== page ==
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A herd of deer forage for food at Ohio University in Athens, Nov. 16, 2023.

OU deer consider Athens home

A staple of the Athens campus is the indescribable joy of walking through Emereti Park, near Ohio University’s South Green, and being able to get arms-width away from a deer. 

Wildlife Communications Specialist for the Ohio Division of Natural Resources, or ODNR, Lindsay Rist, spoke on why deer decide to call Athens home alongside students. 

“Deer aren’t likely to face many threats on campus,“ Rist wrote in an email. "Like all wildlife, deer need food, water, shelter and space. It is not uncommon for them to reside in urban areas.”

Although there is a multitude of deer on campus, these animals weren’t always around in Ohio. Rist said during the 1900s, deer were eradicated from the state due to habitat loss and unregulated hunting. 

However, she said the deer population has stayed fairly consistent within the past few years. ODNR annually monitors the deer population size. 

What Athens has to offer these animals is a diverse landscape of plants and other natural snacks. Luckily, Rist said deer are not picky eaters. They will eat various plants and fruit depending on the season. 

During the winter, deer prefer the seasonal acorn, but this diet can also help hunters predict hunting success and track deer movement.

“As a critical food source for many forest wildlife species, acorn abundance has been linked to body condition, winter survival and reproductive success,” ODNR wrote in a press release.  

However, with low amounts of acorn production, wild animals will typically feed near agricultural areas and forest edges, the release indicated.

Ashby Marsh, a junior studying environmental and plant biology, is also the president of the plant biology club. She said although the deer work to maintain the campus’s grassland, there are no predators to balance out the animals, causing the population to get out of control.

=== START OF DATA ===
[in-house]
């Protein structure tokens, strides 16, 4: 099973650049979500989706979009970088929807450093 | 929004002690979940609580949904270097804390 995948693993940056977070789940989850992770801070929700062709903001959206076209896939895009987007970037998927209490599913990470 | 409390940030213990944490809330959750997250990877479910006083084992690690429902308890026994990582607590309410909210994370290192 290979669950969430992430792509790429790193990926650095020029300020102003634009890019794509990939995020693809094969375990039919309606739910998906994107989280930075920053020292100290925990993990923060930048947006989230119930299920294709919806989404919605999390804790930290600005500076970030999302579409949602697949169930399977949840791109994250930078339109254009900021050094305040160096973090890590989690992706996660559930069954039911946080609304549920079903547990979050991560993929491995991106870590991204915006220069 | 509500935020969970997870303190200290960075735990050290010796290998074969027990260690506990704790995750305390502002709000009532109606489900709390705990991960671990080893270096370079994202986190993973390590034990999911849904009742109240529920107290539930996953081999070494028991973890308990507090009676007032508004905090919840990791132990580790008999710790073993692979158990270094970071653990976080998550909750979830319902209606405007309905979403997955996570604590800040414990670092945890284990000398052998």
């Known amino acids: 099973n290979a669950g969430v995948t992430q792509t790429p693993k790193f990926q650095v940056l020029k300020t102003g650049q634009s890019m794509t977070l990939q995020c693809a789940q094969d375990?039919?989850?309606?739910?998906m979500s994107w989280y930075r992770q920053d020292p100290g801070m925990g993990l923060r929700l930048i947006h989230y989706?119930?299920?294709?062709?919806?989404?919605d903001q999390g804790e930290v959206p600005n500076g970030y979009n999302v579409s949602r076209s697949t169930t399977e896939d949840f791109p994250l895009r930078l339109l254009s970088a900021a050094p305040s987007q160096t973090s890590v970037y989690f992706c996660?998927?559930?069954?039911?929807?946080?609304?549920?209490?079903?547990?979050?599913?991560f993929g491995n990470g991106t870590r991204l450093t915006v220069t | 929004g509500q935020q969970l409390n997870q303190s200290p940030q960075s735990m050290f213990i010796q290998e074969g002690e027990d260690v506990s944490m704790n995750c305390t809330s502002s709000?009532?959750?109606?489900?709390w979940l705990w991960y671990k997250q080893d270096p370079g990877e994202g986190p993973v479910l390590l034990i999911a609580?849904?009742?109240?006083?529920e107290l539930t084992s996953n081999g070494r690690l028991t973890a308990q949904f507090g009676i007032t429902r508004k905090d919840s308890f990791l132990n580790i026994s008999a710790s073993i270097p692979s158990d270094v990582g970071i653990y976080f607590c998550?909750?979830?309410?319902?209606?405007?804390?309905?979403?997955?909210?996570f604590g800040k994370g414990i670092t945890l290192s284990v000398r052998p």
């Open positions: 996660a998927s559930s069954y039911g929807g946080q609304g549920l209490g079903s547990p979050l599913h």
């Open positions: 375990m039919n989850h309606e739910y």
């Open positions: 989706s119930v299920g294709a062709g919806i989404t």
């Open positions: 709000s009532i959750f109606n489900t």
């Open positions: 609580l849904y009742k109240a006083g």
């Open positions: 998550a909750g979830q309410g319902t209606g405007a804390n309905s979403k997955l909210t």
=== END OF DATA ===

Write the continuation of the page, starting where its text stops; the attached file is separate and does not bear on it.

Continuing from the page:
“The deer are browsing … they’re eating everything off the ground and pretty much everything that their heads can touch,” Marsh said. “Then they do this thing called over-browsing, where they just eat everything into oblivion, and it doesn’t have a chance to come back.” 

However, students are encouraged to not feed the deer. Marsh said she has heard of people leaving out apples and pumpkins, which are safe for them, but advises that people do not feed them directly. 

Rist echoes this sentiment by recommending citizens and students steer clear from feeding wildlife.

“Feeding wildlife can cause them to lose their fear of people and even expect food from humans and become aggressive,” Rist wrote in an email. “Feeding wildlife can also unnaturally gather them to one location, which then causes diseases and parasites to spread more quickly, as well as concentrations waste material.” 

Environmental Health Coordinator Chad Keller also recommended giving the deer their space. He said it is best not to interfere with their behavior at all times of the year, but especially in the fall season.

“While deer mostly appear to be gentle animals, you have to remember that they are wild creatures that can be unpredictable,” Keller said in a university press release.

Nonetheless, students still feel like the deer symbolize joy, bonding and love on campus. 

“I personally think they kind of represent the fun side of campus; a little bit of childish play, especially when they have their babies,” Marsh said. “They’re definitely a highlight of my day.”


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